HORSCH is entering the North American single disc air seeder market in spring of 2019 with the all-new Avatar SD40. Engineered with simplicity, low maintenance needs, agronomic integrity, and ease of use in mind, the Avatar SD40 boasts 166-bushel product carrying capacity with a 40-foot working width and 10-inch seed row spacing.

The Avatar SD40 splits its 166-bushel product carrying capacity between two independent 83-bushel tanks with the proven HORSCH electric driven metering system on each tank. “The ability to precisely meter two products independently is an industry first for bulk central fill type single disc drills,” explains Jeremy Hughes, product manager for HORSCH. While the operator can use the full capacity for seed, the Avatar SD40 also gives the ability to use two products and place dry fertilizer in furrow with seed. “Placing in-furrow dry starter fertilizers in crops like winter wheat, rye, and even rice have had proven yield benefits according to many experts across the continent,” says Hughes.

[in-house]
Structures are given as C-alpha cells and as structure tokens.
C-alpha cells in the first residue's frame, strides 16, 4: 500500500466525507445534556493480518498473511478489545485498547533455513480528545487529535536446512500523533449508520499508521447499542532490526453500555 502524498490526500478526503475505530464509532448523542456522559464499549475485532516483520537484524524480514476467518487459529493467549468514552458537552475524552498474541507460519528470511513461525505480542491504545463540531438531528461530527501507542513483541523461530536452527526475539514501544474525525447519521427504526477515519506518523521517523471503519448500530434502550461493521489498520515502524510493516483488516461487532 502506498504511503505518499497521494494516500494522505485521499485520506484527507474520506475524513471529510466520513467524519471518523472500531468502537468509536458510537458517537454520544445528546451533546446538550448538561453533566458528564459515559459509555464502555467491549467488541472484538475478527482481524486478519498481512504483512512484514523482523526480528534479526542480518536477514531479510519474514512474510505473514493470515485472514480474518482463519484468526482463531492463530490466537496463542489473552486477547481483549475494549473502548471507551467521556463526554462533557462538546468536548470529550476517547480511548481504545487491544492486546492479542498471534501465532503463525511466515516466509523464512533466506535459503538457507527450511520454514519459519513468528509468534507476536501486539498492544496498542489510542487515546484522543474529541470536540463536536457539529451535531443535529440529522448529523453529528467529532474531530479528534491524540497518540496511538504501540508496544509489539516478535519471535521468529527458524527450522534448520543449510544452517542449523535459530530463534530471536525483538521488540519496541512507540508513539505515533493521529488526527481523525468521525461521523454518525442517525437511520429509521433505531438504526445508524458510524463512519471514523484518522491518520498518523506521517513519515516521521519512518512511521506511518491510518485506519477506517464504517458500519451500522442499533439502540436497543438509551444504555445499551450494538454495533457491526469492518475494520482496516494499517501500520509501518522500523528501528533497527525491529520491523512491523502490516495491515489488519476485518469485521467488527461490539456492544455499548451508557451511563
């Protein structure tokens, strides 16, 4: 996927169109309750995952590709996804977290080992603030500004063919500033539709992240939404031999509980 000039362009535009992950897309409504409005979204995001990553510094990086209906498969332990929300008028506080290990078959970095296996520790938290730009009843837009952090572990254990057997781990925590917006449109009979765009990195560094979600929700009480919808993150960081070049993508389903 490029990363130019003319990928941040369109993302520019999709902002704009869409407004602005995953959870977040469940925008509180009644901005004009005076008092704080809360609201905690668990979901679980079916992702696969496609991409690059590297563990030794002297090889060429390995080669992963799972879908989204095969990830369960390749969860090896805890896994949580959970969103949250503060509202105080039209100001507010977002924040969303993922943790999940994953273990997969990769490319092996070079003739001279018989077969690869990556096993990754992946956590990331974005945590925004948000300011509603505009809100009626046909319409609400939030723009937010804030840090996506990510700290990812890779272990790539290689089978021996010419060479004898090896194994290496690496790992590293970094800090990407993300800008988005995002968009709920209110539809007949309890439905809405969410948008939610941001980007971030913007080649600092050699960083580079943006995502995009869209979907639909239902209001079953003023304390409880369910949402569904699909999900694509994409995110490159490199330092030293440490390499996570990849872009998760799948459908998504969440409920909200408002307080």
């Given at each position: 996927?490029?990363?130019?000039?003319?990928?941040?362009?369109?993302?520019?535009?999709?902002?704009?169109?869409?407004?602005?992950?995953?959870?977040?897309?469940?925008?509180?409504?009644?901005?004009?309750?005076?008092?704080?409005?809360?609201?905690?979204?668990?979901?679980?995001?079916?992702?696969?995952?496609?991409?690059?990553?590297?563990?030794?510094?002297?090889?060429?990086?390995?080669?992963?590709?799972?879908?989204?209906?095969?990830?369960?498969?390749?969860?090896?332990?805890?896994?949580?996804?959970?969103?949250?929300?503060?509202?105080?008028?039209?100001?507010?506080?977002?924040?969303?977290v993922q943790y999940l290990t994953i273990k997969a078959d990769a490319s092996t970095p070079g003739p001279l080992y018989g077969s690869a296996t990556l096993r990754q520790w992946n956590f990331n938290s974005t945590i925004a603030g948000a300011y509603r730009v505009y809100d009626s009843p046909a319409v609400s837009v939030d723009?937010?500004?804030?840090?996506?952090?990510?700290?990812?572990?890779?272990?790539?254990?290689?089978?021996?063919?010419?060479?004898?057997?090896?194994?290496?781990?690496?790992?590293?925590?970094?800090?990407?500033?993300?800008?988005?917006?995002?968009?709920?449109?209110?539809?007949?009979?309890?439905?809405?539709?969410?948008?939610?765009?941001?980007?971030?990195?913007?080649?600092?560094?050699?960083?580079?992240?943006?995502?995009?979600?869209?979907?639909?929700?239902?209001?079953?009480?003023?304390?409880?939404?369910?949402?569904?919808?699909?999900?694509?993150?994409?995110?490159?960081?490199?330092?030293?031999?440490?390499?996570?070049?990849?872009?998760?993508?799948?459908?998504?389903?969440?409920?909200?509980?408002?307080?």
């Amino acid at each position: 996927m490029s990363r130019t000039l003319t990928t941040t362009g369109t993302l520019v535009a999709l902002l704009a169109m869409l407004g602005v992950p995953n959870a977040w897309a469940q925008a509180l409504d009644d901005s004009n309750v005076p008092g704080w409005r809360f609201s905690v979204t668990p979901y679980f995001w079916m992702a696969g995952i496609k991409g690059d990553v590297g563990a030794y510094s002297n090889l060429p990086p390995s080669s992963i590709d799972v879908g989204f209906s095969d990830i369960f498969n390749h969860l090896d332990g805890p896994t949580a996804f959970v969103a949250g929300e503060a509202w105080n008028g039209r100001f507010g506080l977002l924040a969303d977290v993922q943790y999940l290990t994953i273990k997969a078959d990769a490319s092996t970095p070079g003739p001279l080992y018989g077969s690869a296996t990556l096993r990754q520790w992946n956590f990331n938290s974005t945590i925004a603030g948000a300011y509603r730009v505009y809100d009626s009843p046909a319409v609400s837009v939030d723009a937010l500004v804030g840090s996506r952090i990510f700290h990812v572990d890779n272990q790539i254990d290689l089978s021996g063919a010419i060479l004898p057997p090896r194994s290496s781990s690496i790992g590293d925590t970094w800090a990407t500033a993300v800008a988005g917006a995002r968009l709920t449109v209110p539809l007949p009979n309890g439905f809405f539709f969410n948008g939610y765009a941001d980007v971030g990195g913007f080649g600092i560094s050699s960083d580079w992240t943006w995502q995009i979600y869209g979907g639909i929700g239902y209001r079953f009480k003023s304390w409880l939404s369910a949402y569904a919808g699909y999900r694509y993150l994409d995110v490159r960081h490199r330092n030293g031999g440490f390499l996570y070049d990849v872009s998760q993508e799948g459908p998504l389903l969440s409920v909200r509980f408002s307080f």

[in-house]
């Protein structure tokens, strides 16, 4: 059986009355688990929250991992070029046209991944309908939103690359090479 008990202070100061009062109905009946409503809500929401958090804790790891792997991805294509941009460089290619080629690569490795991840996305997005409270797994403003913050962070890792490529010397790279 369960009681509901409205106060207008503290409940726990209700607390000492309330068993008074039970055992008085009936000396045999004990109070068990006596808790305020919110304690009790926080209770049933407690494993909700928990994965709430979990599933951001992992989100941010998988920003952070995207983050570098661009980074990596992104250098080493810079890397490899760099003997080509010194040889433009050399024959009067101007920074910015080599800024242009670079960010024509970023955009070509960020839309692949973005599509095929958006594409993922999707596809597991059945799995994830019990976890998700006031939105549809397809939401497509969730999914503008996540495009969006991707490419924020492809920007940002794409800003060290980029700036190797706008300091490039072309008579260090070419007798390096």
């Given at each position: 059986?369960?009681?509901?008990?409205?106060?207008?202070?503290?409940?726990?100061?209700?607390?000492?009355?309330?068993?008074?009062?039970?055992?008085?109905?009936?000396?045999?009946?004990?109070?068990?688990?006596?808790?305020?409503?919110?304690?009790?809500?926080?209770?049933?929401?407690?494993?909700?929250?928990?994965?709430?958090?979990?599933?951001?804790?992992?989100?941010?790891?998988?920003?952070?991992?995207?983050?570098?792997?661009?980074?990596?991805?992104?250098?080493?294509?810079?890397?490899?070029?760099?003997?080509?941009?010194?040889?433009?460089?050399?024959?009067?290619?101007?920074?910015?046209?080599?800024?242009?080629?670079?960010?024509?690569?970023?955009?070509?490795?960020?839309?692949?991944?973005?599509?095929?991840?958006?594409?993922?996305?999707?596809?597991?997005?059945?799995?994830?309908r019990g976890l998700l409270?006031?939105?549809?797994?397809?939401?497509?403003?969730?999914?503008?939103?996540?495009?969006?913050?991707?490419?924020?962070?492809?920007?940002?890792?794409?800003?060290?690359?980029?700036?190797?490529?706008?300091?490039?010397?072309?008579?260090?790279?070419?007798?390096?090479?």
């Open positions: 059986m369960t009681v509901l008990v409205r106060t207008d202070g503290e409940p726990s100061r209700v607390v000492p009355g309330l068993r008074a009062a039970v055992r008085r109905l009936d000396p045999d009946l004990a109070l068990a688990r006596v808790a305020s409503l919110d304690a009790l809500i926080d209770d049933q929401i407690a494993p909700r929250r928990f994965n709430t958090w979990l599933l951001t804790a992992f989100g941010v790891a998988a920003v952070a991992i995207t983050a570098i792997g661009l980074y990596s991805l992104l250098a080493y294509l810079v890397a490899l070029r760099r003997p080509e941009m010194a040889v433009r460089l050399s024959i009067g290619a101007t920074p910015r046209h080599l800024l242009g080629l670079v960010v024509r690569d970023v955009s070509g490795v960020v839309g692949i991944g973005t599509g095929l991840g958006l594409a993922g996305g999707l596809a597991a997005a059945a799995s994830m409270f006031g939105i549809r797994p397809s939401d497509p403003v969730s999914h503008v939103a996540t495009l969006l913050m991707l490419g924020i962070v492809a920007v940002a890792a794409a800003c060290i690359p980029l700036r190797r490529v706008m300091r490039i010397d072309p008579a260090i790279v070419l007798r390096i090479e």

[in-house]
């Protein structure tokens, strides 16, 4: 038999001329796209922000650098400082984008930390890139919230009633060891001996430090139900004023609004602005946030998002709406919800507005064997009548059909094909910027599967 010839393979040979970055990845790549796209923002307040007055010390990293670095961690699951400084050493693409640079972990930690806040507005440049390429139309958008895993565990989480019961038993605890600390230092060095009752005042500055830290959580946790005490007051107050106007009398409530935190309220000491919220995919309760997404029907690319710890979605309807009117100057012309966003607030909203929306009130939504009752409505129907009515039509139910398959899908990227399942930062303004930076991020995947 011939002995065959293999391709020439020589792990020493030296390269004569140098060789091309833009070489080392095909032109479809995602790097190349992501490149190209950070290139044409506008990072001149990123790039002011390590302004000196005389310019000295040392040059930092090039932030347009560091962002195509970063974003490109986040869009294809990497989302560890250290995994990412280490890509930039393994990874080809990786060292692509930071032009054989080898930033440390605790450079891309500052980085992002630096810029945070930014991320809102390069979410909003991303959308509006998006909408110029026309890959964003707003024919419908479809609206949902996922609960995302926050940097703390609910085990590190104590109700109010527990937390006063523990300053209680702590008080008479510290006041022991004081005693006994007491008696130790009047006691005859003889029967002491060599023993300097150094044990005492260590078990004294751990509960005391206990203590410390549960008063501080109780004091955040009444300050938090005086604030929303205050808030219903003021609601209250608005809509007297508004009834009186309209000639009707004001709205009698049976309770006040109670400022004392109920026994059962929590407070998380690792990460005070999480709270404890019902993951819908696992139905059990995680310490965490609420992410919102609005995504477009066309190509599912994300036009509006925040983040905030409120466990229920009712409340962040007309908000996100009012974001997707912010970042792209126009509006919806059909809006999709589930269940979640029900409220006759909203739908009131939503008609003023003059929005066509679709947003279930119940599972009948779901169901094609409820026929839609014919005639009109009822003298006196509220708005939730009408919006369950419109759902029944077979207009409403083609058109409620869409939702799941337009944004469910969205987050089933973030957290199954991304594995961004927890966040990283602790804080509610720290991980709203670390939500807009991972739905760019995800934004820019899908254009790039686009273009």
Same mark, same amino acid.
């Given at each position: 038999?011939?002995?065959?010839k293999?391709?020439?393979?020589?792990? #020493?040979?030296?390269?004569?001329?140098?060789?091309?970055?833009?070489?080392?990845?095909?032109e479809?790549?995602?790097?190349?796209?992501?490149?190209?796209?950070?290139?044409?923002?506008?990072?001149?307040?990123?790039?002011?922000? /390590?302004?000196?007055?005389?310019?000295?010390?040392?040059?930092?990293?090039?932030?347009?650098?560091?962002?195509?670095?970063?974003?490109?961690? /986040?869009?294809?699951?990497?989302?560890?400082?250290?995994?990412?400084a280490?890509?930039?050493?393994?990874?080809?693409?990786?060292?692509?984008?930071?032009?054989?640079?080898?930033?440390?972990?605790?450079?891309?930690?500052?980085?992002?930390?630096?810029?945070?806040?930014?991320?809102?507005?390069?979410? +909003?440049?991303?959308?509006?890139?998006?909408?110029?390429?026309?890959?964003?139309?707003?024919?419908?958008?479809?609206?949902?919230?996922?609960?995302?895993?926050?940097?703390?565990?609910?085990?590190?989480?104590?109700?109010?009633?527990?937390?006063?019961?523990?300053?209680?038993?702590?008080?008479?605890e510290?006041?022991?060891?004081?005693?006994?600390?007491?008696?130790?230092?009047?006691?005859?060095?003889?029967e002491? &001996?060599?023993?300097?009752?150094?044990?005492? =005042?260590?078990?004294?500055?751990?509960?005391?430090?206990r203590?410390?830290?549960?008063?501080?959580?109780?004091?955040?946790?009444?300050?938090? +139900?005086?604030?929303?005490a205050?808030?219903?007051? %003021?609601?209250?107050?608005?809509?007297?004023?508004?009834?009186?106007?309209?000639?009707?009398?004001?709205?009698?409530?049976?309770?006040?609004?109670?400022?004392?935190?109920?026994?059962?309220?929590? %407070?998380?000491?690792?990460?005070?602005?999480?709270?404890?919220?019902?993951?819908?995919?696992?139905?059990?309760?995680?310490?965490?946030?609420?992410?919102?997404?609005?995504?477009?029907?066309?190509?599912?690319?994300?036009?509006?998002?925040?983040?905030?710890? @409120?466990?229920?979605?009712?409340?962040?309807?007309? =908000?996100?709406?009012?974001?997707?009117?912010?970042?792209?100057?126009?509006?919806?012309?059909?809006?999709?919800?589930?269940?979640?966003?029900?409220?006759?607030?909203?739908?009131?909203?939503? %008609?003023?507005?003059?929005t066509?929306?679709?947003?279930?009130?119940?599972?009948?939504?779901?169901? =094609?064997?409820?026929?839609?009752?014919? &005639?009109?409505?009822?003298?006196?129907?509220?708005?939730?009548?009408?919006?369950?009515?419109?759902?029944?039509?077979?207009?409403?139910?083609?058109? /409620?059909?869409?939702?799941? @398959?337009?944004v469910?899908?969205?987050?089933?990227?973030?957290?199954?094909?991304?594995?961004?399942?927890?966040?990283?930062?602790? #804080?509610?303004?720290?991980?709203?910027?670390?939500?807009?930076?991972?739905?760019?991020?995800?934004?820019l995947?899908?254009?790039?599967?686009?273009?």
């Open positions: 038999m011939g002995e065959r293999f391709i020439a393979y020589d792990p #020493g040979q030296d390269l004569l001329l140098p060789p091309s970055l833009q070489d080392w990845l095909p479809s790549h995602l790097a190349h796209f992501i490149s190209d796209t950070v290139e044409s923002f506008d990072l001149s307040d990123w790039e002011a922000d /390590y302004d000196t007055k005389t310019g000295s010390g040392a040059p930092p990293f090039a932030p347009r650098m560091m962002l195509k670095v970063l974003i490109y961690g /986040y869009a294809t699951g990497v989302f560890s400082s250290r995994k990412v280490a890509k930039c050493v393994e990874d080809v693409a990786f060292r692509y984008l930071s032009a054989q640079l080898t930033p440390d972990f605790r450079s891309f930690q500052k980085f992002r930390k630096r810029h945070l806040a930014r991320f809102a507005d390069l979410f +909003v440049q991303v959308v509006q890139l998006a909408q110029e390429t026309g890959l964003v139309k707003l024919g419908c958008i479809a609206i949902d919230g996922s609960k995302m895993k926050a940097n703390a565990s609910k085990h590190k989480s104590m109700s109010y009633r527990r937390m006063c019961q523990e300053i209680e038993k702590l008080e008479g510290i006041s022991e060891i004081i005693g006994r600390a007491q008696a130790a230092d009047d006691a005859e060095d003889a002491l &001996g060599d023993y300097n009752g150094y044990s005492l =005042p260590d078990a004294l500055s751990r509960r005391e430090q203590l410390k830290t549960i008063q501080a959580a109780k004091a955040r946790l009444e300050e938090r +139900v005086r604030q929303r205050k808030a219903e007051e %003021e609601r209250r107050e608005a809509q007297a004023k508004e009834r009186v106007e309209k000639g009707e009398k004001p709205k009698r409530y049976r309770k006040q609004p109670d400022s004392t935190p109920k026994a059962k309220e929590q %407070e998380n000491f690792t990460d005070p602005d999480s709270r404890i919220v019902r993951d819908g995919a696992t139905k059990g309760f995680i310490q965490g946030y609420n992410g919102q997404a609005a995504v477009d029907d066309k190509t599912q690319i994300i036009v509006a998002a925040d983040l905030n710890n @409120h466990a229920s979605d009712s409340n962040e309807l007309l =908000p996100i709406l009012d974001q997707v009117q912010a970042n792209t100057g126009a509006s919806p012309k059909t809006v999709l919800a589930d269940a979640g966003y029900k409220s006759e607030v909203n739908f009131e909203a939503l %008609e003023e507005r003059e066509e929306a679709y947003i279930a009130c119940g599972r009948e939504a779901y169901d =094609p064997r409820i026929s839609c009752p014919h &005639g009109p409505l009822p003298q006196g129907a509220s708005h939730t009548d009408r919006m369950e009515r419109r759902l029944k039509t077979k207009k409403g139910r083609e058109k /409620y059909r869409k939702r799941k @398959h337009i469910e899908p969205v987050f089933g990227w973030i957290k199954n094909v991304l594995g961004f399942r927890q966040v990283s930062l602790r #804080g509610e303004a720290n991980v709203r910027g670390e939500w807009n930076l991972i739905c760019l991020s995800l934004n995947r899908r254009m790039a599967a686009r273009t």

Having dual product capabilities rolls into many other benefits as well. Many farmers today use compact single disc drills for not only planting cereals and soybeans, but also cover crops. “One of the biggest issues in seeding cover crops today is that many farmers have their hands tied with seed blends. These blends are often a nightmare for today’s drills to meter accurately and consistently, which can produce frustrating outcomes,” relates Hughes. “The ability to have two compartments and meter two cover crop seeds independently gives the grower superior rate accuracy and confidence in quality seeding.”

The Avatar SD40 also features a revolutionary approach to the disc opener unit and linkage system. The opener arm mounts to the toolbar using a rubber torsion mount system, and all the openers are mounted on a rock shaft. Down pressure is simply adjusted in the cab, and the rubber torsion is the flex point.

The ISOBUS-compatible system allows the operator to utilize existing ISO virtual terminals in the tractor. Whether using an ISOVT or the HORSCH monitor system, operators can use prescription maps and collect data.